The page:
Carnauba wax is the preferred car wax of collectors and concours enthusiasts because it creates a rich, warm glow. It doesn’t appear to sit on the paint. It transforms the paint into a deep, liquid pool that shimmers under changing light conditions. The more carnauba wax, the more shine.

    The wax is produced by the Brazilian Tree of Life, a palm tree, in order to coat its leaves. The wax provides protection from the sweltering sun and it sheds water so it falls onto the ground and is absorbed by the tree’s roots. If you think back to junior high science class, you might remember that plants release oxygen through their leaves. For this reason, carnauba wax is breathable. Good for the tree and good for your paint.
    Carnauba is rock hard in its natural form. When the leaves of the Tree of Life are harvested, the wax flakes off as the leaves dry out, or they are put into a machine that removes the wax. It comes off in hard flakes. Car Wax makers have to blend the wax with oils, petroleum distillates, or a solvent called naptha (commonly used to thin wood varnishes and paints) in order to make the wax workable. The very best carnauba-based car wax is only about 1/3 natural carnauba. It’s probably for the best since the price gets higher and higher as the concentration of carnauba rises. When a product advertises “pure carnauba car wax” or “100% carnauba car wax”, they are referring to the purity of the carnauba that is in the product, not the product as a whole. One example is Mother’s California Gold Pure Carnauba Paste Wax.

    That brings us to grading. Carnauba is harvested and then graded according to color, purity, and where it was grown. Trees grown in the northern area of Brazil produce the highest grade carnauba. The yellow wax is the most pure and therefore receives the highest grade. This is the grade most commonly used in high end car waxes and in the pharmaceutical industry as a pill coating.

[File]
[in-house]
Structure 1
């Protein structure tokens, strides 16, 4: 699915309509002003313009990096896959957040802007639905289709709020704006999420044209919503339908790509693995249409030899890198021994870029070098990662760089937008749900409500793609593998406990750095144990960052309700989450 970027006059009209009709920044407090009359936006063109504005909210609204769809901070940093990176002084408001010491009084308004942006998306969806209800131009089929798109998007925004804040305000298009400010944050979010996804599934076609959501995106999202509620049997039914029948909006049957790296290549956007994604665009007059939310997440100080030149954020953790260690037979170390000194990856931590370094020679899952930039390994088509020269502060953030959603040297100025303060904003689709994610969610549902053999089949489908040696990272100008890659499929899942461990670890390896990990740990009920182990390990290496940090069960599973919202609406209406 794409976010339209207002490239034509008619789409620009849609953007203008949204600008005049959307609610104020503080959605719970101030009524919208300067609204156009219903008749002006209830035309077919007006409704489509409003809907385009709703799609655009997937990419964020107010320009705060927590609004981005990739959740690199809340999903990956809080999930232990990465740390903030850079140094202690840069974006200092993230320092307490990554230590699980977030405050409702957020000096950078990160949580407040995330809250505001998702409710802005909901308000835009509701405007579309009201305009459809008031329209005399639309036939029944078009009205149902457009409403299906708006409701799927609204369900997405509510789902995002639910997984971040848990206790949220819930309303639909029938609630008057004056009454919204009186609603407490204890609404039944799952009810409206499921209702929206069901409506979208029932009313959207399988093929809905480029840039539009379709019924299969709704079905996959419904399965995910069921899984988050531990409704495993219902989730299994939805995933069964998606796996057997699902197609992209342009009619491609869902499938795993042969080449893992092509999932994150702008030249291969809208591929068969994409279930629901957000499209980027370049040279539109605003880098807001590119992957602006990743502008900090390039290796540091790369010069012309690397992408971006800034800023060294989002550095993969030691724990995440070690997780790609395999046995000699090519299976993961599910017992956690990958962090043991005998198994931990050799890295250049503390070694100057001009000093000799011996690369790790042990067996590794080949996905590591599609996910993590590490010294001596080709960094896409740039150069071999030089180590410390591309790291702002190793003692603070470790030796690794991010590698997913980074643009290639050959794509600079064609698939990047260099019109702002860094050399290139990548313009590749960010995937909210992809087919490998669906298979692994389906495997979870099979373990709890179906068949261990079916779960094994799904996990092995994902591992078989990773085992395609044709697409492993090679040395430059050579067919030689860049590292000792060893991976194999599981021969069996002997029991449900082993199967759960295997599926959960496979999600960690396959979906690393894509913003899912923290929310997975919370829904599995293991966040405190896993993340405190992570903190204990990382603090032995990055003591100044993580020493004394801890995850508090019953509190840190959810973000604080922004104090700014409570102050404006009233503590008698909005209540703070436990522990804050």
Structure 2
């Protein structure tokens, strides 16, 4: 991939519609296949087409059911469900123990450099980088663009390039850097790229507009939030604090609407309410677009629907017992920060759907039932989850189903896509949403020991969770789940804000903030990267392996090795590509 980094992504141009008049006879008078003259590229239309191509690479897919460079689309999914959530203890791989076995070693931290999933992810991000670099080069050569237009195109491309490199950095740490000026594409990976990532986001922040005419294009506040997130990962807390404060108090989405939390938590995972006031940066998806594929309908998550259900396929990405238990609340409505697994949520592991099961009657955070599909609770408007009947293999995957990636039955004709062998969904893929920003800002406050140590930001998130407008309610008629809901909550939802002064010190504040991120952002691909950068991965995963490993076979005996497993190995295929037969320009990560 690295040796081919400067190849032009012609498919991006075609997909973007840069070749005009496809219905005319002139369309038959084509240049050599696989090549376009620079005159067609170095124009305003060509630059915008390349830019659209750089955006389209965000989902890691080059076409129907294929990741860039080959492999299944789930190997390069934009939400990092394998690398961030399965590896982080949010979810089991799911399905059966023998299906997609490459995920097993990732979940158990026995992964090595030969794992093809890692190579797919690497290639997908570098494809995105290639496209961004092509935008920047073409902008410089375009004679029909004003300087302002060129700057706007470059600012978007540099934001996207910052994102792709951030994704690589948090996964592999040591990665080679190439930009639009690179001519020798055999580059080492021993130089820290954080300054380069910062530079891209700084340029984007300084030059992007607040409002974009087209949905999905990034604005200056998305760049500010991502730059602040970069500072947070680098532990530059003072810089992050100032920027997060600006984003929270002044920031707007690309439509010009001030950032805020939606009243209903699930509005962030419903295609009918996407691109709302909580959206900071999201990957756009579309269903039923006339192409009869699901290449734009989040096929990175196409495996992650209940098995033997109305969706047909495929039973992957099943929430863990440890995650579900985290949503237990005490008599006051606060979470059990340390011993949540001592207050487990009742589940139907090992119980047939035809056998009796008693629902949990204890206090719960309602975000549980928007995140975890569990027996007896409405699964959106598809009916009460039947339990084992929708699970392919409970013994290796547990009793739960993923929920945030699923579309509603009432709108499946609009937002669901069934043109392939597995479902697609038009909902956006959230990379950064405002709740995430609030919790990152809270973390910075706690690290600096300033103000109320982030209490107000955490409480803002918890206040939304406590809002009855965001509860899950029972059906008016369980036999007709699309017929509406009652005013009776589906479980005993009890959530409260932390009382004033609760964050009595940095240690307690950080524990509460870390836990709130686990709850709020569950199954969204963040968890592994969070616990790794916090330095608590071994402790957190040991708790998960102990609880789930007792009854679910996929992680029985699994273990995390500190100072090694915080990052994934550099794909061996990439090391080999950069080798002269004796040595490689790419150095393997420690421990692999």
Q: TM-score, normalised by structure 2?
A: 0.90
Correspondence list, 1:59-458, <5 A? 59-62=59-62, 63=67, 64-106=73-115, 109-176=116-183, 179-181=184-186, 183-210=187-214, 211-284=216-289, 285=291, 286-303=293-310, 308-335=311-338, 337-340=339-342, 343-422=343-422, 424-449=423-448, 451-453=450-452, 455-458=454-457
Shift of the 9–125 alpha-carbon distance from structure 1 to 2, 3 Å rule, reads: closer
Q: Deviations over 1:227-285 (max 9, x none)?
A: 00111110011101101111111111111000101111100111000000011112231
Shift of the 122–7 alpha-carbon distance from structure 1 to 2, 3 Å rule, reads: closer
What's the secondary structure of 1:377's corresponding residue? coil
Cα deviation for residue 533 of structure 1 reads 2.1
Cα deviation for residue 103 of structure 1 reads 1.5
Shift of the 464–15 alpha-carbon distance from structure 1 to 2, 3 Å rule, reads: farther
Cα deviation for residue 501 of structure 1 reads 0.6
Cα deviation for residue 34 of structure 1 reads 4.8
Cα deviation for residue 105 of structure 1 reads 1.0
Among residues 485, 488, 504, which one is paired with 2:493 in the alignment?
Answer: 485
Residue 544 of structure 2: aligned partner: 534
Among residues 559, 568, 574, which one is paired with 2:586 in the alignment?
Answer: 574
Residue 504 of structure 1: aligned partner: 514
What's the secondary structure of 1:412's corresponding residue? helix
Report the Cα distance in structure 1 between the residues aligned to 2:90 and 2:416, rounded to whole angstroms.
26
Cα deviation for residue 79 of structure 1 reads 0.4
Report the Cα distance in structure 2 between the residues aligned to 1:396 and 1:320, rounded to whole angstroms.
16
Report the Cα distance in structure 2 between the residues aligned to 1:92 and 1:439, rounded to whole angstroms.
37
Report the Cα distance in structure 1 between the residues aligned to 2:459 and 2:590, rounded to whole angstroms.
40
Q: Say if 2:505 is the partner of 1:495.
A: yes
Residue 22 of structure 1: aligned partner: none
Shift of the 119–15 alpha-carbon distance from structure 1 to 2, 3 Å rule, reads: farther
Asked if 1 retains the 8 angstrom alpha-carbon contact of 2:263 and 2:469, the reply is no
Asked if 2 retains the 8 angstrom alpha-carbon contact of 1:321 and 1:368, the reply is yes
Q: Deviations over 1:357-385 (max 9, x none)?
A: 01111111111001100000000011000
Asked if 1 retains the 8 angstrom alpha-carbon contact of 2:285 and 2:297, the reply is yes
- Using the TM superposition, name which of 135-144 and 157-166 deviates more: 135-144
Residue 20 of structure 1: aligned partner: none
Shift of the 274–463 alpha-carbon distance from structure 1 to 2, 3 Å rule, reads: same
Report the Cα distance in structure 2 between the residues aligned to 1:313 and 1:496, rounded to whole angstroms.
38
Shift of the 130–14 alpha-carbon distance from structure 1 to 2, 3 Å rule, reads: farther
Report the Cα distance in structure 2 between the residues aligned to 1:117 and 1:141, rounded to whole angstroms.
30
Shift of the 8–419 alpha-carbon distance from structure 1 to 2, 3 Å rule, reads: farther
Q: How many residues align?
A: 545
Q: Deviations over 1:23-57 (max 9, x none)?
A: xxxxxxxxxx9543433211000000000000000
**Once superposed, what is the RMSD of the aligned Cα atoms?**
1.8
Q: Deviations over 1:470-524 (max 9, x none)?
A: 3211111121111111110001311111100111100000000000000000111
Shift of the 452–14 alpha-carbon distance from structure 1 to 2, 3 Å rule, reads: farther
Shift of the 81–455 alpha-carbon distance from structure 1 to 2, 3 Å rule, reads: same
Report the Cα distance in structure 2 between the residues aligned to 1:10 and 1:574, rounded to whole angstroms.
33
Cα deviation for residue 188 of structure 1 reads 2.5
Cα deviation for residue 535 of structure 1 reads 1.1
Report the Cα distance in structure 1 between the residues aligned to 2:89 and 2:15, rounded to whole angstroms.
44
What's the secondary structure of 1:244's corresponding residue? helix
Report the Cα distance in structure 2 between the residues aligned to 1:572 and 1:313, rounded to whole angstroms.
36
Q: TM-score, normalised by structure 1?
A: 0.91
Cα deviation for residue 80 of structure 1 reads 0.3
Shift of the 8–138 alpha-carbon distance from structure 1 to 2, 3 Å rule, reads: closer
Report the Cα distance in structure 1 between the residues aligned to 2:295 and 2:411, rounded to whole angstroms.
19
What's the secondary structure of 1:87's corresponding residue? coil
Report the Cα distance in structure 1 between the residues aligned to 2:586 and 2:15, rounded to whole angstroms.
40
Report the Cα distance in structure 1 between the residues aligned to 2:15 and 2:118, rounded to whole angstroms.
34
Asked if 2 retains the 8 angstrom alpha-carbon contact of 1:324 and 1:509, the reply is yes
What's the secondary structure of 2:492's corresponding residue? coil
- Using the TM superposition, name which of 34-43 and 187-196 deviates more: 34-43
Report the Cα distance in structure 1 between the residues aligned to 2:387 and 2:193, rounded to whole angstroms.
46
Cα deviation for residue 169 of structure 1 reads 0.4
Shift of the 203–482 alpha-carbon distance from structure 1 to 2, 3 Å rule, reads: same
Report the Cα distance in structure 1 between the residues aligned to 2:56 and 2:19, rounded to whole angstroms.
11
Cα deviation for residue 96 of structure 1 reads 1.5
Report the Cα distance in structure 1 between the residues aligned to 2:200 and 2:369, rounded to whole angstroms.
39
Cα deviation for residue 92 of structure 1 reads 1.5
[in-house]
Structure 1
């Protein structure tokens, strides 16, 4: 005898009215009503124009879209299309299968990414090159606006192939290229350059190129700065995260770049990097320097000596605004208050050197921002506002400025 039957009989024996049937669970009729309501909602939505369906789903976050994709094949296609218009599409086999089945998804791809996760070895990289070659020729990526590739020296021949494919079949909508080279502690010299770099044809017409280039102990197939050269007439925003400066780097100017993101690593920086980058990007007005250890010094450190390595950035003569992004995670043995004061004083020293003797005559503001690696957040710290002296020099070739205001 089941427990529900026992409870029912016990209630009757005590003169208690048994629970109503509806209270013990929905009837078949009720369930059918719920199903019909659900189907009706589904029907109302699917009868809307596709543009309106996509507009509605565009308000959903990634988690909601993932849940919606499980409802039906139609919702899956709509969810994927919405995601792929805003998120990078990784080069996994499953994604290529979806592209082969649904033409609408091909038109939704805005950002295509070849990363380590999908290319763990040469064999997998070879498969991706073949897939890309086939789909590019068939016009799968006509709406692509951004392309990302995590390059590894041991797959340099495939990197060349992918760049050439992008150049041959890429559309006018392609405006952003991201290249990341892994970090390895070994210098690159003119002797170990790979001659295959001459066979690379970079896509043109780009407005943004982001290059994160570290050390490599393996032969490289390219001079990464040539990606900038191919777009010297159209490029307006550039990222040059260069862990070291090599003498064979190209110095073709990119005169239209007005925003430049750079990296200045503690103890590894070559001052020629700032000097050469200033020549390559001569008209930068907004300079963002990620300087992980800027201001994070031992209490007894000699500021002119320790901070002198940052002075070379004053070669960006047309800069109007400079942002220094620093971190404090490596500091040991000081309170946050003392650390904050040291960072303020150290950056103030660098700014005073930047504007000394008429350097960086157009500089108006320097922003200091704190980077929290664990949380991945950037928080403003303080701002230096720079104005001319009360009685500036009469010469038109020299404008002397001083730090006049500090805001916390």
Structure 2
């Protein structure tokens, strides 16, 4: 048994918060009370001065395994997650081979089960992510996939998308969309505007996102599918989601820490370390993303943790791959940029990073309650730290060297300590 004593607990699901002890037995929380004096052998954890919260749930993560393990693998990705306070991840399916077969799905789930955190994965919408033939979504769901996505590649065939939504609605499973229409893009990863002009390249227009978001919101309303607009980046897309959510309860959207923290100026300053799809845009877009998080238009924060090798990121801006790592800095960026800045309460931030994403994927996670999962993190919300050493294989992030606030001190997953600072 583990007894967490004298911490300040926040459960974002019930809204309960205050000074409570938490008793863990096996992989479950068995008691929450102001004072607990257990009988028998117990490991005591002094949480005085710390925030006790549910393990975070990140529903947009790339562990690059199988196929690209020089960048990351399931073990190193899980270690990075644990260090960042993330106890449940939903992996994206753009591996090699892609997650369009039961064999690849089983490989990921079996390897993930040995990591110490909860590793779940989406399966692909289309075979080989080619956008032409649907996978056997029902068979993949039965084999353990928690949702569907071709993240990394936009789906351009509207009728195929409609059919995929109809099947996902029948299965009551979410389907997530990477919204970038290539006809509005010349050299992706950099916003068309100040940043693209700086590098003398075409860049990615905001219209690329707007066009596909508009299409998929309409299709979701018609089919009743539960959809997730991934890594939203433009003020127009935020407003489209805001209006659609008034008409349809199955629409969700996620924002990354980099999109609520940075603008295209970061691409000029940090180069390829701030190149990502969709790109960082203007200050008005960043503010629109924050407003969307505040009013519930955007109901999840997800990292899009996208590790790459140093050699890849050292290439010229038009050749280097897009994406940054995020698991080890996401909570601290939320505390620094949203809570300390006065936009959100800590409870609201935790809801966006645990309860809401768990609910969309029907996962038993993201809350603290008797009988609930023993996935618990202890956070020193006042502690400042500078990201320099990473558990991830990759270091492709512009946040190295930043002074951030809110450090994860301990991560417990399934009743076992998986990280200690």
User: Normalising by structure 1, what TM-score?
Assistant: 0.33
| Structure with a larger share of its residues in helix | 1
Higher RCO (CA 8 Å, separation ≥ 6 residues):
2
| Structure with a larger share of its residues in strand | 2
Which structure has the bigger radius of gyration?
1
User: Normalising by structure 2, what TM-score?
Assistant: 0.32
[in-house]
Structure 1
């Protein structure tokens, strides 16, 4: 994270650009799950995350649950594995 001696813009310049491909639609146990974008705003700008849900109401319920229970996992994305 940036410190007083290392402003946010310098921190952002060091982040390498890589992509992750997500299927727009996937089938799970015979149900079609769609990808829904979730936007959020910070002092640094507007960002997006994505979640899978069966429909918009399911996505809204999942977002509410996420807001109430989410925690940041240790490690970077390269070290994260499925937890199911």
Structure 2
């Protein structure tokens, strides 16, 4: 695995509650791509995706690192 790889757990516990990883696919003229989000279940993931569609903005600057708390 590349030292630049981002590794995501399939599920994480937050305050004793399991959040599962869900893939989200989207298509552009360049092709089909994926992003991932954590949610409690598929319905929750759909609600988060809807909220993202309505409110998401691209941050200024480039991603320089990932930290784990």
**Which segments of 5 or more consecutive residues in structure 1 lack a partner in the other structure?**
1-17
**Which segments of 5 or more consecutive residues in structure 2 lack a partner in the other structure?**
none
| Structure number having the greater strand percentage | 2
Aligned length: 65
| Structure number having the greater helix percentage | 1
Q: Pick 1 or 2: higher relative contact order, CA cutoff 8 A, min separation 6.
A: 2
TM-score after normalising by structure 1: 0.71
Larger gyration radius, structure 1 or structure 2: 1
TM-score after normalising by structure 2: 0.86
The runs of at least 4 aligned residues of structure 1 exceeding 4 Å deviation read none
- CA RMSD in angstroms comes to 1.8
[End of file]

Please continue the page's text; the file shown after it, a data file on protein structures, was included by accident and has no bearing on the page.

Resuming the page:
Some manufacturers refine the yellow wax again into an ultra-pure white wax to ensure that the wax produces the clearest, most reflective gloss once applied to the paint. Such is the case with Pinnacle Souveran and Pinnacle Signature Series II.
    As you’ve already read, carnauba protects the leaves of a palm tree from the intense heat and humidity experienced in Brazil. The carnauba car wax repels water and, consequently, most contaminants. When applied to any surface, carnauba retains these characteristics. Therefore, an application of a carnauba-based car wax to your vehicle will protect it from UV rays, heat, moisture, oxidation, and environmental contamination. And it looks like a million bucks!

    The drawback of carnauba waxes, if you can call it a drawback, is that it does not last as long as a synthetic sealant. A carnauba car wax finish will wear off in approximately 6 to 8 weeks. It depends heavily on the climate in which you live and whether or not your vehicle is garaged. Daily commutes in a hot, humid climate mean a shorter life span for your carnauba wax coat. If you enjoy regular waxing, then the life span of a carnauba wax is just one more reason to indulge in your favorite hobby!

    Pinnacle Souverän™ sets the standard
    for carnauba paste waxes!

    In a nutshell, carnauba car wax is the wax of enthusiasts. It appeals to people who want the absolute most stunning show car shine available and are willing to spend a couple of hours every month or so to get it. Most of them will tell you it is time well spent.

    Paint Sealants

    Paint sealants are kind of the anti-carnauba. They last a lot longer, they are easy to apply, and there’s nothing natural about them. This is surface science at its best.

    A paint sealant is made of polymers, which are composed of tens of thousands of synthetic particles that are linked together. When a sealant bonds to your vehicle’s paint, it forms a rigid shell. It is not the warm carnauba that seems to melt into the paint. Paint sealants sit on top of the paint like a transparent chain metal suit. They are glossy and slick, but carnauba lovers will tell you they do not have the warmth and depth of a carnauba.

    Paint sealants have gotten progressively more popular as time goes on. Some people really love the hard-as-glass look. In an industry that is driven by technology, it seems appropriate that an engineered paint protector is the new favorite among many detailers.